With the fundamentals in place, let’s go through putting a budget together. To do so, you will need to collect some preliminary information.
1) Choose how you will budget. This goes back to the last article in which I discussed YNAB and possible alternatives. If a spreadsheet is more your thing, LibreOffice is a great free and open-source replacement for Microsoft Office.
Choose what you want to work with and don’t feel bad if you end up not liking it. Keep going until something resonates.
2) Know your net income. Your net income is the amount of money you bring home each paycheck after deductions.
You may have been hired at $X amount per hour/year (your gross income), but after deducting taxes, social security, etc. you actually make less (your net income). If you feel too much is being taken out of your paycheck (or you always get a lot back during yearly tax filings) there’s a chance you’re overpaying and should look into adjusting your W-4.
Net income is important because it’s what actually gets deposited into your bank account.
3) Track fixed expenses. Now list your recurring fixed monthly expenses.
Fixed expenses are monthly bills with a relatively unchanging price month-to-month (rent/mortgage, utilities, phone bill, internet, memberships, credit card minimum payments, etc.)
It’s important to know how much this consumes from your net income so you can try to cut back if possible. Other than canceling though, there isn’t much you can usually do to easily pay less.
4) Track variable expenses. Next list your variable monthly expenses.
Variable expenses are everything else you spend on in the month (groceries, gas, entertainment, etc.) and vary from month to month. Some months may have some that others do not.
This is a crucial area where budgeting is concerned because it is the easiest to reduce spending in. Eating out less and not buying clothes is much easier than finding a cheaper place to live (though that should be done too if needed).
5) Track annual expenses. List out expenses that get paid once a year.
There are always some expenses that come up once a year that need to be paid (ex. vehicle registration). Instead of getting hit with a massive payment at once, spread it out throughout the year. Take the amount you expect to pay, divide it by twelve, and “pay” towards the bill monthly (by keeping the amount stored in cash, checking, or savings). Keep a categorized list so that you know what you have saved towards what.
6) Set realistic financial goals. What are you hoping to accomplish within six to twelve months? Two years? Five years?
Maybe you want to get rid of debt and start investing for your retirement. To do so you will need remaining income after you subtract your expenses (fixed + variable + annual) from your net income.
This will be used to pay off debt, add to savings, invest, or stow some away towards vacation, a large upcoming purchase, etc. Having this breather creates opportunities for you.
7) Plan. How much will you spend on groceries this month? On entertainment? Set reasonable figures and don’t be discouraged if the numbers don’t line up the first few months. This is not to say that you should intentionally overspend, but after a few months, you will have a clearer idea of where your money is going and can adjust from there.
8) Revisit & Revise. A budget is continually changing based on what is happening in your life. Every paycheck I recommend revisiting and revising it as necessary to coincide with new developments including a raise, changes to fixed/variable expenses, etc. By keeping it updated it will also keep you on track towards fulfilling your financial goals.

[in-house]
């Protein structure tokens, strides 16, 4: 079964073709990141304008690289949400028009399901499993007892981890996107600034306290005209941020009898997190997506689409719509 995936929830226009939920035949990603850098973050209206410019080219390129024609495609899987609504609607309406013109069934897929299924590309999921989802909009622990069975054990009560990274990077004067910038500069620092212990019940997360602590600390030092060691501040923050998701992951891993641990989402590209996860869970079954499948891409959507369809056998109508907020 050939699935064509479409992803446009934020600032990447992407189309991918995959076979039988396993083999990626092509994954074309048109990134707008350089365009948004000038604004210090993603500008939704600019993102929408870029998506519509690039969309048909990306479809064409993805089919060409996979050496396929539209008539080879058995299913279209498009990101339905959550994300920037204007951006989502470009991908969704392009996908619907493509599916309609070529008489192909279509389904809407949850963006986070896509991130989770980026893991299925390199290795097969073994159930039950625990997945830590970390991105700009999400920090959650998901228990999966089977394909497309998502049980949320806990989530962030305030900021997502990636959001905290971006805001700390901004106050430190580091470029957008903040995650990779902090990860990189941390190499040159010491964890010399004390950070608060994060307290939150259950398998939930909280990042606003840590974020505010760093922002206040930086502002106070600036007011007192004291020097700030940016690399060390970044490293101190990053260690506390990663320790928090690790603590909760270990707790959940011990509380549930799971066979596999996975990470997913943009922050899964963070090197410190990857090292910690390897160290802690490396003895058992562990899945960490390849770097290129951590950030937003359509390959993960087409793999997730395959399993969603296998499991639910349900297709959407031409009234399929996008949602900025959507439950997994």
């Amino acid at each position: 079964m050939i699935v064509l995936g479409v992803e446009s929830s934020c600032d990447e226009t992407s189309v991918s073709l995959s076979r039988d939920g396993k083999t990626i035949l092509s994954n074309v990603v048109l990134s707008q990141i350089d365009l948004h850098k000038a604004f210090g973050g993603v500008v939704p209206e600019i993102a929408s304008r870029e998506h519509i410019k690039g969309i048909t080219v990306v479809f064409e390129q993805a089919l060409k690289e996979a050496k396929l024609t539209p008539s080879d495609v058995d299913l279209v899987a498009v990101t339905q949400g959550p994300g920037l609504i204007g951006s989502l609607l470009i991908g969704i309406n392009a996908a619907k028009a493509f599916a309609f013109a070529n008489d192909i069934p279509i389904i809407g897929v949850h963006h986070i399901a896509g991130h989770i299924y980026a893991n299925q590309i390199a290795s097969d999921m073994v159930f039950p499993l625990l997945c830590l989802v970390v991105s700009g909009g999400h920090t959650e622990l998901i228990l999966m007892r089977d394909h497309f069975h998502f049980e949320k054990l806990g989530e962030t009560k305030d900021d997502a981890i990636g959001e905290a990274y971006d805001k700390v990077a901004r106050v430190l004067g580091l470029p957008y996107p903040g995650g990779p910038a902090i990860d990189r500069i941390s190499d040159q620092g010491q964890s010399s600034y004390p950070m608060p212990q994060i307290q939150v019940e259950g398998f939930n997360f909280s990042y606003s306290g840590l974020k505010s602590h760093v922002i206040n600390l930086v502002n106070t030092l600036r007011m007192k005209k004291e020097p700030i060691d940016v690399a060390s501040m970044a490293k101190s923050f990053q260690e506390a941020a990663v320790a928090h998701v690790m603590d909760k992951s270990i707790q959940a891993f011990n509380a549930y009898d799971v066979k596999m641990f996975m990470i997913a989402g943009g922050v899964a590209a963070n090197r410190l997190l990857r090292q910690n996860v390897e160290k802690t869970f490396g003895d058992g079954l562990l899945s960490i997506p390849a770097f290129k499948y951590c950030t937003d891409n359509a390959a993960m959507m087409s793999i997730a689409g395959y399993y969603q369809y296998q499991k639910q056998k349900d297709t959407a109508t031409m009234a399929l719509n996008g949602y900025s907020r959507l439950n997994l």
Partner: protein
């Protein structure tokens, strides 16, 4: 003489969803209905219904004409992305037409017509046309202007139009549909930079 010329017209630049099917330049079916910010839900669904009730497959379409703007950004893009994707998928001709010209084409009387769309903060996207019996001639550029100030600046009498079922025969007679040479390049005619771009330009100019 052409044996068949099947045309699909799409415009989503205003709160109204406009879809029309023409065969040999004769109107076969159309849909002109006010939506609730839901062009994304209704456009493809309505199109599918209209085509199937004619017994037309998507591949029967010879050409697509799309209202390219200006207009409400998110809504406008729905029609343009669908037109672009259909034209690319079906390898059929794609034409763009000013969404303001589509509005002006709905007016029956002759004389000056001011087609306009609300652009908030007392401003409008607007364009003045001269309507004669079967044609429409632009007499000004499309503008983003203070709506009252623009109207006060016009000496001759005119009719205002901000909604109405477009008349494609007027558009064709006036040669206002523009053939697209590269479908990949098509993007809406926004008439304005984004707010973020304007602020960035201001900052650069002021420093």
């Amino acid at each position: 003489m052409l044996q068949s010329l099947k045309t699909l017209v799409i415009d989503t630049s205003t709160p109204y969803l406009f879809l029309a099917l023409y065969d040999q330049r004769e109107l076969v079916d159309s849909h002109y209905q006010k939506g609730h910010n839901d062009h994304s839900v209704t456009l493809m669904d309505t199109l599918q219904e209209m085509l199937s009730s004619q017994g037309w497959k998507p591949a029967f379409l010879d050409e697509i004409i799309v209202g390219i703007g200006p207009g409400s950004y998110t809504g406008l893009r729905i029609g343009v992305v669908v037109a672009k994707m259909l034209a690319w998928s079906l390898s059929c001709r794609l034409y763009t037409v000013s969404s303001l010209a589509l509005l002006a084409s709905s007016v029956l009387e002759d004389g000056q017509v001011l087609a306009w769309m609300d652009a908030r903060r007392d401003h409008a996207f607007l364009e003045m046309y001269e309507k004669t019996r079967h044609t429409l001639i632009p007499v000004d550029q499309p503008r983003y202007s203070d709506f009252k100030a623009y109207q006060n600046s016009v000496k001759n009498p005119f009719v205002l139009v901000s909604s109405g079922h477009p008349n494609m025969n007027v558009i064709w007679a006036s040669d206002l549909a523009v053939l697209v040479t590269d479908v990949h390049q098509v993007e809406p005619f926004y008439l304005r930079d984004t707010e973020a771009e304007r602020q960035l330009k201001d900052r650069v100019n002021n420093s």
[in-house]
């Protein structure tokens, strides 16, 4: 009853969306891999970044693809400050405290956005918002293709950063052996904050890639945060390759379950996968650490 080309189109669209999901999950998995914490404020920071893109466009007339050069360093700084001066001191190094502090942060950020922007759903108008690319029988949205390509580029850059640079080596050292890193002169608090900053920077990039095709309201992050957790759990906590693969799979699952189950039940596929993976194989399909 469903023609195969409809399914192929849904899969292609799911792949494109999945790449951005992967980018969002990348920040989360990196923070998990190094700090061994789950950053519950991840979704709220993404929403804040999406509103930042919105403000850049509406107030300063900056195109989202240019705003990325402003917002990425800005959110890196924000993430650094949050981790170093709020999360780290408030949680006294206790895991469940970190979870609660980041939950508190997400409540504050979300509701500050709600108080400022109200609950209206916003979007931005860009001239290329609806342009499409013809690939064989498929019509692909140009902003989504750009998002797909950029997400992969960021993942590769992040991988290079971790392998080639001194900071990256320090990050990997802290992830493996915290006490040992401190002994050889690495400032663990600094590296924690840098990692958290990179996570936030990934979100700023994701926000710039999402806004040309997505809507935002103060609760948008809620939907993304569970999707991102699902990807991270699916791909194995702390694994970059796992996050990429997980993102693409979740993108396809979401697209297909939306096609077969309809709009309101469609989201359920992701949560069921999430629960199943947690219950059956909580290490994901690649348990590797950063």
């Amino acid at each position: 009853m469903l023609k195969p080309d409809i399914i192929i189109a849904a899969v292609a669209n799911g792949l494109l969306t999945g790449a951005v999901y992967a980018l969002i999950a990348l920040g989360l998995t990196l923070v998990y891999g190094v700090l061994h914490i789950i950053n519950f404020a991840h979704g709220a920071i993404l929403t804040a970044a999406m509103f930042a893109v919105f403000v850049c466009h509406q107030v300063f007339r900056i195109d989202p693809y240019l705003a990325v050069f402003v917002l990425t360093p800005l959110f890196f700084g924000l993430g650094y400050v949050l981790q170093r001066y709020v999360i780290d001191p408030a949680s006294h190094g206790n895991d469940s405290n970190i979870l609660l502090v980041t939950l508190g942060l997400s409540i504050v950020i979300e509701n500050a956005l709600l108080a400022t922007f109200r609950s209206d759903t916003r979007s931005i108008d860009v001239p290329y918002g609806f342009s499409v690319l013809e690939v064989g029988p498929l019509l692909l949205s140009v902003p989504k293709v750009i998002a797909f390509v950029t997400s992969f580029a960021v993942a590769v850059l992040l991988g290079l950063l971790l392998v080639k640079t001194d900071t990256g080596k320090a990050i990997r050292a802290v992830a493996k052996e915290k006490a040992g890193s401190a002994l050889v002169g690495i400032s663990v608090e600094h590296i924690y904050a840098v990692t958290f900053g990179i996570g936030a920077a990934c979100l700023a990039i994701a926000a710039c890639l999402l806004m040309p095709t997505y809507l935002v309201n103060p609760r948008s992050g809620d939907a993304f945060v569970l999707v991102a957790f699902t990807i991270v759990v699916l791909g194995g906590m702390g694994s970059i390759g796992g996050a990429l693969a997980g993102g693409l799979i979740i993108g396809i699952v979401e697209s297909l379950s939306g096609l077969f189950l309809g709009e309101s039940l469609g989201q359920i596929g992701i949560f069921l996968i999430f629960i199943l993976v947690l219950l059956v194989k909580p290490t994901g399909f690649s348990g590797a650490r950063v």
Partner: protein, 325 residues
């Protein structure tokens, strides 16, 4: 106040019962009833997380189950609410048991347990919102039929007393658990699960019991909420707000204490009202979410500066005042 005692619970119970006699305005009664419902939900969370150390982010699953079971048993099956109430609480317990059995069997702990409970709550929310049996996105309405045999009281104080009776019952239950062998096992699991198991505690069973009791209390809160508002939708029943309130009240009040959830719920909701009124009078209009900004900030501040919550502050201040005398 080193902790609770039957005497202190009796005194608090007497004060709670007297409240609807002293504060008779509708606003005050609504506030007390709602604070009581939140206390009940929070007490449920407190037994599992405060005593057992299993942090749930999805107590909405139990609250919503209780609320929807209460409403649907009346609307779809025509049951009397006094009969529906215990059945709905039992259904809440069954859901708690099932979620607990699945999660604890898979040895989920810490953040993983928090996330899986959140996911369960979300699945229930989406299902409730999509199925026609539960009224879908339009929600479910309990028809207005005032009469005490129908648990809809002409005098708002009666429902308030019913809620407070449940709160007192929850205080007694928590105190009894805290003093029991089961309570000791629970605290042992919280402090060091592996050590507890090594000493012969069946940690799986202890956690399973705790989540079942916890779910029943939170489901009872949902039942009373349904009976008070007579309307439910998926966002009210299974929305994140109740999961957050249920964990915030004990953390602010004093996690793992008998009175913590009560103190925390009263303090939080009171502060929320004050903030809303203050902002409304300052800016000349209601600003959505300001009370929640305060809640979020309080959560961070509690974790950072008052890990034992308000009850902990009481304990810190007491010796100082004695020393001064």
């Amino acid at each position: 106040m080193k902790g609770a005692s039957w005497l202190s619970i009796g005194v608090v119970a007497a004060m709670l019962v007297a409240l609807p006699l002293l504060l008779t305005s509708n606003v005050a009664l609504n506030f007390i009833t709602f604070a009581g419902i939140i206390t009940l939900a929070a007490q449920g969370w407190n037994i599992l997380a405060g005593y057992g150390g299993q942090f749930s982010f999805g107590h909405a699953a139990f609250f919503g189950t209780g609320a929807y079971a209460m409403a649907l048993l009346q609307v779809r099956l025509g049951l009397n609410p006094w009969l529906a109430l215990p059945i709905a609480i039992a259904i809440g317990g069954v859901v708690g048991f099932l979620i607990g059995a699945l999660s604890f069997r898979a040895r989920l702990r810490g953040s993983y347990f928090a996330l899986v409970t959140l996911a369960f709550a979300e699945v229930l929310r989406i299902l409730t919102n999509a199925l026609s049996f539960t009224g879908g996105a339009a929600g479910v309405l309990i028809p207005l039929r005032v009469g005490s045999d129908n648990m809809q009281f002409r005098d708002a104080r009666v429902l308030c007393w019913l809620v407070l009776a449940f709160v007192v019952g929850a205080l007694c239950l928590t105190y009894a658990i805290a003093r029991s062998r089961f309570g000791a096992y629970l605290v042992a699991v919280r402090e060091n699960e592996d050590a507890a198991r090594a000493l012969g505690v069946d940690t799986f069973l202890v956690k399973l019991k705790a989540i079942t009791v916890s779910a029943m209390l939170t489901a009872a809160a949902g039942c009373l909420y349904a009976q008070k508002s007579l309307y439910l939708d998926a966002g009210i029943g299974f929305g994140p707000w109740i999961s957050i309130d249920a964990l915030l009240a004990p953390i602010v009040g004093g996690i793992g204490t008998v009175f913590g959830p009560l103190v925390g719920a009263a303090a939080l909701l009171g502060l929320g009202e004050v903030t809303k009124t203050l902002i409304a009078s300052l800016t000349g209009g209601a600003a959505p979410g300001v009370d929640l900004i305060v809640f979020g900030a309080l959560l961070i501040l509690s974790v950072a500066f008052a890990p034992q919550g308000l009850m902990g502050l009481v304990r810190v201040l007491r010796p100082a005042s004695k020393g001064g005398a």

Tying it Together
After following these steps a basic budget will look like this:
Over time you might decide you want to track your expenses further. For example, how is money under “Entertainment” being spent? You can use this information to create sub-categories (books, video games, movies, etc.) and go from there.
Your budget is a living, breathing document that can be changed to whatever works for you. Don’t be afraid to play around with it! Tailor it to the needs of your life. As long as you follow the formula of taking your income and subtracting all of your expenses, you can then pay down debt, save, or invest.
Saving an Emergency Fund
Once you know how much you tend to spend in a given month, you should multiply it by X and work towards saving that amount (where X is the number of months you feel comfortable having saved). The conventional wisdom is 6 months so that if you were to run into hardship (i.e. job loss) you would be okay for a time while searching for another. However, you have to decide for yourself what your comfort range is. For some people, it means having 12 months of expenses saved.
As an aside, over time this amount will depreciate because inflation outpaces the interest gained from savings accounts. Combat this by putting your money into a high-yield savings account.
Investing for Retirement
To outpace inflation and grow our money in a more meaningful way, we have to invest. I recommend starting this as soon as you have paid down debt and have a comfortable amount in savings. Look into low-cost index investing through the group that started it, Vanguard.
For more information on this, J. L. Collins wrote a great book on the subject called “The Simple Path to Wealth“. For now it is the best book I have found for a newcomer to begin learning about investing.
If you still have questions on how to approach this process, please let me know by contacting me.
Continue to Part 4 – Forecasting the Future.